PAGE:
Crossing the Gap is a free-form robotics activity that requires a minimal amount of setup. It is an excellent choice for novices, but can also present a challenge to experienced students. The idea for this activity came from an earlier post.
One of our after-school robotics classes recently completed this unit – check out the video to see the results!
Our basic lesson outline is as follows:
Build a robot that can safely cross the gap between two desks. The gap starts at 15 cm, and will increase by 5 cm each time your robot reaches the other side.
Two desks (or other movable raised surfaces) and a soft floor! A large ruler should be on hand to set tables to specific distances.
Warning: Robots WILL hit the ground during this activity. Take steps to minimise damage.
- There are no instructions or examples provided.
- No human assistance is allowed.
- Students operate with limited parts (a single MINDSTORMS kit) and time (as defined by teacher).
- All Robots must start ENTIRELY on one table.
- Robots must cross the gap to reach the other table, then stop without falling off!
- Robots can use any method to cross the gap.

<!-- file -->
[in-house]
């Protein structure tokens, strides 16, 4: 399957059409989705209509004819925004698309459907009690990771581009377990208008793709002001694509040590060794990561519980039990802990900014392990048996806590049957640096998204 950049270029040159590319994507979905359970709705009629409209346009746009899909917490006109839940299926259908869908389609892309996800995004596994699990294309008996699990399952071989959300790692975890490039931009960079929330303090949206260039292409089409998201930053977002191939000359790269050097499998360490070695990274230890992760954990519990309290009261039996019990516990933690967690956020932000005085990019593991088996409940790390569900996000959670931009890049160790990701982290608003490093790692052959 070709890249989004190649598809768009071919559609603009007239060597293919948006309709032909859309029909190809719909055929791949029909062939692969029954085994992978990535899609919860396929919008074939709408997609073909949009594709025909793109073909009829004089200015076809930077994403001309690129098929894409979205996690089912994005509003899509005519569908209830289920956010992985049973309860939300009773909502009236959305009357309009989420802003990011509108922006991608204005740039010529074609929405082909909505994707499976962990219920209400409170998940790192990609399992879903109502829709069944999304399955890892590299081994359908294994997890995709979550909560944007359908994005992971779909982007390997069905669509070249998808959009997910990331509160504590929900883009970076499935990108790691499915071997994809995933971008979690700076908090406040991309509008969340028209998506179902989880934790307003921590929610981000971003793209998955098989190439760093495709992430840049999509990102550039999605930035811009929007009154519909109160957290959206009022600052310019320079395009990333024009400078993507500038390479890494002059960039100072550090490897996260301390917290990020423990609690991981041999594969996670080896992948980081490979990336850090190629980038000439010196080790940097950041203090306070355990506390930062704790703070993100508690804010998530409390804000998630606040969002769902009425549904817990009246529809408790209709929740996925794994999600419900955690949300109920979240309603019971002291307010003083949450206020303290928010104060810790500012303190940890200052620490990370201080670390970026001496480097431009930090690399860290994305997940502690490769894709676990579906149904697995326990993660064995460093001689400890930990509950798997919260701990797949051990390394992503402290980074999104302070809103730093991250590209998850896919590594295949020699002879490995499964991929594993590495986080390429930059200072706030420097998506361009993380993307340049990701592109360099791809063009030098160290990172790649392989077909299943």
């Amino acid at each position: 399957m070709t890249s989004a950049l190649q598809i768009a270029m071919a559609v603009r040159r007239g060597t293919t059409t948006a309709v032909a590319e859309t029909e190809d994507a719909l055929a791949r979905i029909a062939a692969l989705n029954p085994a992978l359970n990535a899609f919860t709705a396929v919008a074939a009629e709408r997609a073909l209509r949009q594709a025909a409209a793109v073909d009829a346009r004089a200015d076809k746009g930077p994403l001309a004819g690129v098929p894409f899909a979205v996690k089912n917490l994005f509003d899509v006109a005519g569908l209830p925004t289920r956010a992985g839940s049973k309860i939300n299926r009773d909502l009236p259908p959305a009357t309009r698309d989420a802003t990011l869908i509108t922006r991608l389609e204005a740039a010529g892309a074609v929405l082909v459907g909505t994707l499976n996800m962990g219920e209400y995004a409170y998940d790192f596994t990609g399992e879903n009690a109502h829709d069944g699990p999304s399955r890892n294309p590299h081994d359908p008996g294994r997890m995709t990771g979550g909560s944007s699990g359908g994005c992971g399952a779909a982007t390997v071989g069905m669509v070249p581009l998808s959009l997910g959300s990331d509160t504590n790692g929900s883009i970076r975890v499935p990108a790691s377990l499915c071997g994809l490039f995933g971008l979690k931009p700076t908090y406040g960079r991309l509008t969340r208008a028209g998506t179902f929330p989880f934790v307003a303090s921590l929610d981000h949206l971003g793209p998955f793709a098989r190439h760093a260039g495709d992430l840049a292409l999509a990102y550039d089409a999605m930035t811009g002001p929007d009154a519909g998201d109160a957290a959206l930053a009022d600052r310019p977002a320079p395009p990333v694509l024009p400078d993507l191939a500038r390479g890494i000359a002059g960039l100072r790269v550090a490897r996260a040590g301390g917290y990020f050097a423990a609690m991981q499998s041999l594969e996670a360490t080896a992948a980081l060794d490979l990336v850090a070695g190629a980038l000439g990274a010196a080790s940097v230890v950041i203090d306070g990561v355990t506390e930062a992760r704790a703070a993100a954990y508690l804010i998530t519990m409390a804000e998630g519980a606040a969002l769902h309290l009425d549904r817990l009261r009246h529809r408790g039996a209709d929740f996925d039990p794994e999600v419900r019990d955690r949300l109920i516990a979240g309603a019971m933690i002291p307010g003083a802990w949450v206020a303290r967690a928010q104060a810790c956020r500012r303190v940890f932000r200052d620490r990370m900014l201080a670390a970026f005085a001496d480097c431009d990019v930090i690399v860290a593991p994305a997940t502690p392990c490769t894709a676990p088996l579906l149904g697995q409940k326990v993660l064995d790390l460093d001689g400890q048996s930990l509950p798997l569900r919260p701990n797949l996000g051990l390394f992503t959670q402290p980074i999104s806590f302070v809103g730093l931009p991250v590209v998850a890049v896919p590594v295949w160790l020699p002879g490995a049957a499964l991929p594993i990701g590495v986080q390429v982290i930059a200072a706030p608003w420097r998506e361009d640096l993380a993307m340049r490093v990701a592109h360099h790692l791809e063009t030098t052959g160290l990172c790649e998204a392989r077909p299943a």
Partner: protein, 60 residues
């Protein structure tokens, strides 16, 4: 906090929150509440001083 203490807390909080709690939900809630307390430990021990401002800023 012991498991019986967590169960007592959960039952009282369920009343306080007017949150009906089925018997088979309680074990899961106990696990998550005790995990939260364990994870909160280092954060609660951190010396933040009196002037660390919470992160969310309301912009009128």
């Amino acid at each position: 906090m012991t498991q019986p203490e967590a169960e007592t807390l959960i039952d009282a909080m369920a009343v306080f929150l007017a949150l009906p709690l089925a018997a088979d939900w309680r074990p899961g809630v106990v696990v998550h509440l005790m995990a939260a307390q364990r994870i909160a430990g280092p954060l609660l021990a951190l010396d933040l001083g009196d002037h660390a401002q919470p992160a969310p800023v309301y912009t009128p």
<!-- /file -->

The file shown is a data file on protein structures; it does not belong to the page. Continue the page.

- Each student begins the exercise with a gap of 15 cm (approx. 6 inches).
- After each success, the student expands their gap by 5 cm (approx 2 inches).
- All students work on their own gap, making individual progress.
Design and Planning
Whilst students are not given instructions for this activity, a teacher can choose to pose the following questions to the help the design process:
- Where is the robot’s tipping point?
- Will the robot always need to support both ends during a crossing?
- Will the robot always need at least one wheel in contact with a table?
- How can the robot be designed to handle increasing gaps?
- Will the robot be all-in-one unit, or will it use a tool?
After providing the information above, let the students begin. Teachers should display a countdown so students are aware of the remaining challenge time.
An enthusiastic class will race to see the largest gap that can be crossed!
I hope you find this useful.
“Project Bucephalus” Coach